Marker Logo HMdb.org THE HISTORICAL
MARKER DATABASE
“Bite-Size Bits of Local, National, and Global History”
“Bite-Size Bits of Local, National, and Global History”
Tulsa in Tulsa County, Oklahoma — The American South (West South Central)
 

The Tulsa Race Riot of 1921

 
 
The Tulsa Race Riot of 1921 Marker image. Click for full size.
By William Fischer, Jr., September 25, 2017
1. The Tulsa Race Riot of 1921 Marker
Inscription.

The Tulsa race riot of 1921 was the single worst incident of racial violence in American history. It began after Dick Rowland, a nineteen-year-old African American shoe shiner, was accused of assaulting Sarah Page, a young white elevator operator, in the Drexel Building in downtown Tulsa on May 30, 1921. Spurred on by sensational newspaper coverage, a white lynch mob gathered the next afternoon outside of the Tulsa County Courthouse, where Rowland was being held, but black Tulsans, many of whom were military veterans, were equally determined to prevent the lynching. When a contingent of armed African American men arrived at the courthouse, a shot was fired and the city was thrown into chaos.

Throughout the long night and day that followed, gangs of whites attacked African Americans on the streets of Tulsa, and lit the first fires along the edges of Greenwood, the city's primary African American community. Black defenders made a concerted effort to protect their homes, their families, and their businesses, but when dawn broke, they were simply overwhelmed by an armed white mob numbering in the thousands. Block by block, house by house, white Tulsans invaded Greenwood, broke into and looted homes and businesses, and then set them on fire. By the end of the day, Greenwood had been destroyed.

The property loss was staggering.

The Tulsa Race Riot of 1921 Marker at Hope Plaza image. Click for full size.
By William Fischer, Jr., September 25, 2017
2. The Tulsa Race Riot of 1921 Marker at Hope Plaza
More than 1,256 homes and businesses, covering more than thirty square city blocks, had been burnt to the ground. Although the human loss has never been successfully determined, unofficial estimates suggest that more than three hundred people, both black and white, had been killed during the riot.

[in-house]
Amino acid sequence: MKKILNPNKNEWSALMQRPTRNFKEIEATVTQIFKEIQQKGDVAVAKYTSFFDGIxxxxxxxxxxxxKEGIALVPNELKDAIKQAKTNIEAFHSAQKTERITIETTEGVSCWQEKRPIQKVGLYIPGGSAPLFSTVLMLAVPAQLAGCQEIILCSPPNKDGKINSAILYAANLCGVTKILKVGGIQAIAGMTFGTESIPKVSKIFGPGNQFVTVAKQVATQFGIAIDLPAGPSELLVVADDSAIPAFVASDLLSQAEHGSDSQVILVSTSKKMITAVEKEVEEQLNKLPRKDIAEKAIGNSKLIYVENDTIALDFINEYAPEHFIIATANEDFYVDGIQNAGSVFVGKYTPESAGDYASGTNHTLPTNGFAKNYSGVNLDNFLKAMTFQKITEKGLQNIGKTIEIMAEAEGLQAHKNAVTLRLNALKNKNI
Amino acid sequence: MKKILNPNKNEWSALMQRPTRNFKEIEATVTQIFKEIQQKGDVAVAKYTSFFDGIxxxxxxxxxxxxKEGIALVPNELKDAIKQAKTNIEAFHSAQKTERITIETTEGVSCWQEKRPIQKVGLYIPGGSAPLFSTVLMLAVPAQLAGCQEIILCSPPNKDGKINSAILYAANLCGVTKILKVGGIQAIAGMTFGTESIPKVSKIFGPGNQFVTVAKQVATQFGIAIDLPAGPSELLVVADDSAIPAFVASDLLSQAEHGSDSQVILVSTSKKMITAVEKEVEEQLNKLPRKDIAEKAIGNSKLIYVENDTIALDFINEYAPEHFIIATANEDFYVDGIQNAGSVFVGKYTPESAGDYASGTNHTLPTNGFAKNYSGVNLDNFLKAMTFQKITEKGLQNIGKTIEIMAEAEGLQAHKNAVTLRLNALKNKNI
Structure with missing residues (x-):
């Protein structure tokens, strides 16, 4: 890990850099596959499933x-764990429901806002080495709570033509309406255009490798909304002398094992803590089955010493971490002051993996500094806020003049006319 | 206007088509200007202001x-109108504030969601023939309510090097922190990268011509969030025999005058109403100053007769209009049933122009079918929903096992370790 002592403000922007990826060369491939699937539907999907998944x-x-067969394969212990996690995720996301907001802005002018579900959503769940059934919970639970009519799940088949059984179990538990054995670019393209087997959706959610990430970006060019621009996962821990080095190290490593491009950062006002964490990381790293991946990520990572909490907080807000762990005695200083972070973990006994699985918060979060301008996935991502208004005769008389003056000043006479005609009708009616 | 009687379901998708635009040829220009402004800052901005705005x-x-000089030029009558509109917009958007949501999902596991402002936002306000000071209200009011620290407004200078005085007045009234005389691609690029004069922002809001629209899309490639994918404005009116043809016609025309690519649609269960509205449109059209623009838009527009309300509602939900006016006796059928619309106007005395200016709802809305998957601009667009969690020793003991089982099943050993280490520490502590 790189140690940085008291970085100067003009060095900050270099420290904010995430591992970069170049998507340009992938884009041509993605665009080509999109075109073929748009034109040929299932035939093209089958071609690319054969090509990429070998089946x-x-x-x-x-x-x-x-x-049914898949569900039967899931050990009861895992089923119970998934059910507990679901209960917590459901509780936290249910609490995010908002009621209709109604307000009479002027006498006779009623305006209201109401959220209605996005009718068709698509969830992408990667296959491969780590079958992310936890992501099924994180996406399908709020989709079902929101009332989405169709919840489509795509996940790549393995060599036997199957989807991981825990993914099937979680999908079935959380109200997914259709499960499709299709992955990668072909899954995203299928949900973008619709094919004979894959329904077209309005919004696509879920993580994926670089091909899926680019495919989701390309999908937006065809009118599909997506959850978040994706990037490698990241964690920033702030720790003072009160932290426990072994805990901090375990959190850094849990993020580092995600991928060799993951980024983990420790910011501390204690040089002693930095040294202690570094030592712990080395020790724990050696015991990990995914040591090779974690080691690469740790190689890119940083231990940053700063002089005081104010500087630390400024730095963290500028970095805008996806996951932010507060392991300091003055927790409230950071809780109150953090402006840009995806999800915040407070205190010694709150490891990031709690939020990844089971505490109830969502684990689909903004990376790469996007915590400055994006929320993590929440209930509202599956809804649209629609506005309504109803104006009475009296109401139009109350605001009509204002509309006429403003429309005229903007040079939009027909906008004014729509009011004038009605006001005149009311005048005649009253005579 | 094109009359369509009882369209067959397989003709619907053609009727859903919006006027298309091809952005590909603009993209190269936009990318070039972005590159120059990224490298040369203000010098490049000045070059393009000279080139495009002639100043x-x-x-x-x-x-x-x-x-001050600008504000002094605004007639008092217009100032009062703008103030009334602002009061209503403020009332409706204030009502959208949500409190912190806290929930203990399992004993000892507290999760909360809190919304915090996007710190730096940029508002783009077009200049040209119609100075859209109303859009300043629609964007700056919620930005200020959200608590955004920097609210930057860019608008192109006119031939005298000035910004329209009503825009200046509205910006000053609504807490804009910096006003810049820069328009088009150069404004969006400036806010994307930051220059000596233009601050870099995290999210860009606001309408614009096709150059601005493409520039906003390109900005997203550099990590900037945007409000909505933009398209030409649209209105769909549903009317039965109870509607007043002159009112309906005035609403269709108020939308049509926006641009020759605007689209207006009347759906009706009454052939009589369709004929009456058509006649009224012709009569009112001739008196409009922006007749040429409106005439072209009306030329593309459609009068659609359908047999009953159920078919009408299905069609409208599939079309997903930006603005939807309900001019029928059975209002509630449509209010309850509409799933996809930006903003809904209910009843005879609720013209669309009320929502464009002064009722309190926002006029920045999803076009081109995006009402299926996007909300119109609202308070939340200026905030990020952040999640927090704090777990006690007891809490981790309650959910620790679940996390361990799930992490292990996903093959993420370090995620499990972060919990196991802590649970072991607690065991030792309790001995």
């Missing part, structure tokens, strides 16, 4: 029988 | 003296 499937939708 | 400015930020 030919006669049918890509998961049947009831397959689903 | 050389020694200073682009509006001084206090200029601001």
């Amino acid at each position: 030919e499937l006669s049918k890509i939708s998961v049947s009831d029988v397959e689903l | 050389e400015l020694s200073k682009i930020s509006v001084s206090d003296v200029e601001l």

Erected 2010 by Concerned Citizens and Organizations, the City of Tulsa, and the Oklahoma State Legislature.
 
Location. 36° 9.676′ N, 95° 59.412′ W. Marker is in Tulsa, Oklahoma, in Tulsa County. Marker is on Elgin Avenue north of Mathew B. Brady Street, on the left when traveling north. Touch for map. Marker and Hope Plaza are in John Hope Franklin Reconciliation Park. Marker is at or near this postal address: 321 North Detroit Avenue, Tulsa OK 74103, United States of America.
 
Other nearby markers. At least 8 other markers are within walking distance of this marker. Tower of Reconciliation and Healing Walkway (within shouting distance of this marker); John Hope Franklin Reconciliation Park (within shouting distance of this marker); Mt. Zion Baptist Church (about 500 feet away, measured in a direct line); Booker T. Washington High School (approx. 0.2 miles away); Philtower Building
Hope Plaza at John Hope Franklin Reconciliation Park image. Click for full size.
By William Fischer, Jr., September 25, 2017
3. Hope Plaza at John Hope Franklin Reconciliation Park
(approx. 0.6 miles away); Pentane (C5H12) Molecular Model (approx. 0.7 miles away); Tulsa's Oldest House (approx. mile away); Pioneer Association Picnic Grounds 1921 Memorial (approx. mile away). Touch for a list and map of all markers in Tulsa.
 
Also see . . .
1. Tulsa Race Riot. (Submitted on December 17, 2017, by William Fischer, Jr. of Scranton, Pennsylvania.)
2. John Hope Franklin Reconciliation Park. (Submitted on December 17, 2017, by William Fischer, Jr. of Scranton, Pennsylvania.)
3. 2001 Oklahoma Commission to Study the Tulsa Race Riot of 1921. (Submitted on December 17, 2017, by William Fischer, Jr. of Scranton, Pennsylvania.)
 
Categories. African AmericansCivil RightsDisastersMan-Made Features
 
Hope Plaza "Hostility" image. Click for full size.
By William Fischer, Jr., September 25, 2017
4. Hope Plaza "Hostility"
Hope Plaza "Humiliation" image. Click for full size.
By William Fischer, Jr., September 25, 2017
5. Hope Plaza "Humiliation"
Hope Plaza "Hope" image. Click for full size.
By William Fischer, Jr., September 25, 2017
6. Hope Plaza "Hope"
<i>Little Africa on Fire, Tulsa, Okla. Race riot, June 1st, 1921</i> image. Click for full size.
Image courtesy of the Library of Congress, June 1, 1921
7. Little Africa on Fire, Tulsa, Okla. Race riot, June 1st, 1921
<i>Ruins after the race riots, Tulsa, Okla.</i> image. Click for full size.
Image courtesy of the Library of Congress, 1921
8. Ruins after the race riots, Tulsa, Okla.
<i>After the race riots June 1st, 1921, Tulsa, Okla.</i> image. Click for full size.
Image courtesy of the Library of Congress, June 1, 1921
9. After the race riots June 1st, 1921, Tulsa, Okla.
 
 
Credits. This page was last revised on December 19, 2017. This page originally submitted on December 17, 2017, by William Fischer, Jr. of Scranton, Pennsylvania. This page has been viewed 88 times since then and 32 times this year. Photos:   1, 2, 3, 4, 5, 6. submitted on December 17, 2017, by William Fischer, Jr. of Scranton, Pennsylvania.   7, 8, 9. submitted on December 19, 2017.
Paid Advertisement